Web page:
Working together at the design level rather than the equipment or material level allows compatible OEMs, material suppliers and the rest of the supply chain to be more acutely aware of each other’s projects and ideas. This leads to improved collaboration, which in turn speeds the development and innovation process, satisfying both the OEMs’ and consumers’ needs. In short, all members of the supply chain work in concert to discuss and develop new design solutions. This method enables OEMs to achieve streamlined innovation, while suppliers use their increased access to OEMs to develop solutions they know the EMSs have the capacity to manufacture.

This new approach helps supply chain parties become smarter about how to structure their business operations in efforts to better collaborate and communicate with one another. Each member in the supply chain must learn how to best interact with each other and share crucial information to help optimize the production process in the changing electronics manufacturing world.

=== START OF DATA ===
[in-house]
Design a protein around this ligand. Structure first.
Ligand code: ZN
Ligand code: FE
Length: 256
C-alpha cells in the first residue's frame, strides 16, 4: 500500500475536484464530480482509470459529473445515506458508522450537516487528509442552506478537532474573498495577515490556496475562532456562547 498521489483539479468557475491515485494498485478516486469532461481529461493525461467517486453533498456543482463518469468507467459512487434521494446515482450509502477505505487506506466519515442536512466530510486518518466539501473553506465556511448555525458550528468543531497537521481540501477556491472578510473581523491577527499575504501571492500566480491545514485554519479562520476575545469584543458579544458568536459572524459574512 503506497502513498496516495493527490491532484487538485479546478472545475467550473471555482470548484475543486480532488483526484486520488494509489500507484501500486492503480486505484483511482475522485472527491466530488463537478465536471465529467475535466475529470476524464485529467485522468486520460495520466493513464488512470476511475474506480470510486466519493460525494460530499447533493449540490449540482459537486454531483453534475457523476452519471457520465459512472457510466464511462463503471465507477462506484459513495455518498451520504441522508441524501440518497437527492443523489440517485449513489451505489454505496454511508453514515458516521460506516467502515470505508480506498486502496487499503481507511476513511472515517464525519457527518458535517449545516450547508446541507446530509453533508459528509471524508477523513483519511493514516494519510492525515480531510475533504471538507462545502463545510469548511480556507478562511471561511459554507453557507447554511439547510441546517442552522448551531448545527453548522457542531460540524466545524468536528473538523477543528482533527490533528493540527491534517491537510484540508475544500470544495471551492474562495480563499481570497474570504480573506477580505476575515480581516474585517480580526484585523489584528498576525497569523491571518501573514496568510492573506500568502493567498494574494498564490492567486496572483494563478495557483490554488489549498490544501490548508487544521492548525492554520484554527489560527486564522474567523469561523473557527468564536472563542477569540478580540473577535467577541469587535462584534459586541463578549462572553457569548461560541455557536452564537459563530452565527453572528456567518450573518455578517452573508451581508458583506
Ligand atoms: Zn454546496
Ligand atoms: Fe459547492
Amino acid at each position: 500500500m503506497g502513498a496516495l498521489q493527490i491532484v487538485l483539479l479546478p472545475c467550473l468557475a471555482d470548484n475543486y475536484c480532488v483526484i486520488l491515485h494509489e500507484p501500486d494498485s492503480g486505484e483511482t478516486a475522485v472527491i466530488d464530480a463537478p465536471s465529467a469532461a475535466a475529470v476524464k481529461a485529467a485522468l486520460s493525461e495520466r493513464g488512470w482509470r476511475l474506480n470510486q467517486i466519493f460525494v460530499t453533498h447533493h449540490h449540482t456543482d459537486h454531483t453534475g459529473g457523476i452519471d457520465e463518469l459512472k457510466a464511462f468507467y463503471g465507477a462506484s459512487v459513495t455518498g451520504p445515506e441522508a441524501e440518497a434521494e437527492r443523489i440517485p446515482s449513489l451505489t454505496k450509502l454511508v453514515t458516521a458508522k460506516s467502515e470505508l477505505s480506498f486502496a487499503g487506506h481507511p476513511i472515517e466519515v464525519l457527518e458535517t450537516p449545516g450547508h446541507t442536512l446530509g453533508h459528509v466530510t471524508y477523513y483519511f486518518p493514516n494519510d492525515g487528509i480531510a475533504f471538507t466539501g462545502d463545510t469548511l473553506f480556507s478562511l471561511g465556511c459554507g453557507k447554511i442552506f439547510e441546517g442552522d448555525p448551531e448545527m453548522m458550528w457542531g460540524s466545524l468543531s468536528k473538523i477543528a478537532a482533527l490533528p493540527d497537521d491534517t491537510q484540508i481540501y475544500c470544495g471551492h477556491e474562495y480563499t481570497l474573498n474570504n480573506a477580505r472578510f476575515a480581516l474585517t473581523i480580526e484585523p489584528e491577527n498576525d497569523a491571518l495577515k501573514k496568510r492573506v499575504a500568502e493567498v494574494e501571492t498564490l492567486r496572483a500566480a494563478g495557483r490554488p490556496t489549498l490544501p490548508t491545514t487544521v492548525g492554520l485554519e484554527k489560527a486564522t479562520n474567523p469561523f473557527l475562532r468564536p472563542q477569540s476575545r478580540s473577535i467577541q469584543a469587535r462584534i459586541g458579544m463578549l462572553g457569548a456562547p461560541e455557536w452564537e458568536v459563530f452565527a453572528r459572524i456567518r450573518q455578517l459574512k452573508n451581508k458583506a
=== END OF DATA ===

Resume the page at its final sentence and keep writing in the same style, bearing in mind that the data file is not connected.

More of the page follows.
H.B. Fuller is executing this strategy through its partnership with Engent, an Atlanta-based electronics process development company. Why Engent? While many smaller EMS companies take and implement tried-and-true processes developed elsewhere, Engent develops these processes in-house. Starting as an advanced process group and eventually spinning out of Siemens in 2002 as a standalone business, Engent now has several capabilities unique for a company its size, especially in the area of leading-edge packaging, such as multichip module (MCM), chip-on-board (CoB) and MEMS.